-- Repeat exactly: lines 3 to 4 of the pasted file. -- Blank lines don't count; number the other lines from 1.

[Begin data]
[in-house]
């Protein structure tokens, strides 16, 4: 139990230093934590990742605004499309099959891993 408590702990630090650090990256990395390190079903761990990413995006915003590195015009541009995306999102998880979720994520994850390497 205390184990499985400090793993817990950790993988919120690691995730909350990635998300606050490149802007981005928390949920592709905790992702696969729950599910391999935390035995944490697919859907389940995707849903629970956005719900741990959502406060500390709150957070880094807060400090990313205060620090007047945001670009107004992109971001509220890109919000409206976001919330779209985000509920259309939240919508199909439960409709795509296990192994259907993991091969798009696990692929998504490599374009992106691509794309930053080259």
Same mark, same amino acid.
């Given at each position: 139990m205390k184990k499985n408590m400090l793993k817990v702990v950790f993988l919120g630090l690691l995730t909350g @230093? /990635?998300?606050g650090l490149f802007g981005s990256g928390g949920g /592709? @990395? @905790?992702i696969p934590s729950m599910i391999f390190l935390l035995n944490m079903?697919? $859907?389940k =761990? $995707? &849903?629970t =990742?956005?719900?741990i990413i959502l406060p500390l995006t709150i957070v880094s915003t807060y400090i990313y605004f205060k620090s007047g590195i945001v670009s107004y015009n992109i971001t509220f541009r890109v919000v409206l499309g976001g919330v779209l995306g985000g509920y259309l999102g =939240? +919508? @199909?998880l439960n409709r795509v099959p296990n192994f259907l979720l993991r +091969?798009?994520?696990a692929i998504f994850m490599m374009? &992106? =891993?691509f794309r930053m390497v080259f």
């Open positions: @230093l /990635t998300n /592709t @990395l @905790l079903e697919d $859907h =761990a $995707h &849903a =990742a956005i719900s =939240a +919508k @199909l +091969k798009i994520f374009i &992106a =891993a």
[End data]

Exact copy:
Same mark, same amino acid.
């Given at each position: 139990m205390k184990k499985n408590m400090l793993k817990v702990v950790f993988l919120g630090l690691l995730t909350g @230093? /990635?998300?606050g650090l490149f802007g981005s990256g928390g949920g /592709? @990395? @905790?992702i696969p934590s729950m599910i391999f390190l935390l035995n944490m079903?697919? $859907?389940k =761990? $995707? &849903?629970t =990742?956005?719900?741990i990413i959502l406060p500390l995006t709150i957070v880094s915003t807060y400090i990313y605004f205060k620090s007047g590195i945001v670009s107004y015009n992109i971001t509220f541009r890109v919000v409206l499309g976001g919330v779209l995306g985000g509920y259309l999102g =939240? +919508? @199909?998880l439960n409709r795509v099959p296990n192994f259907l979720l993991r +091969?798009?994520?696990a692929i998504f994850m490599m374009? &992106? =891993?691509f794309r930053m390497v080259f």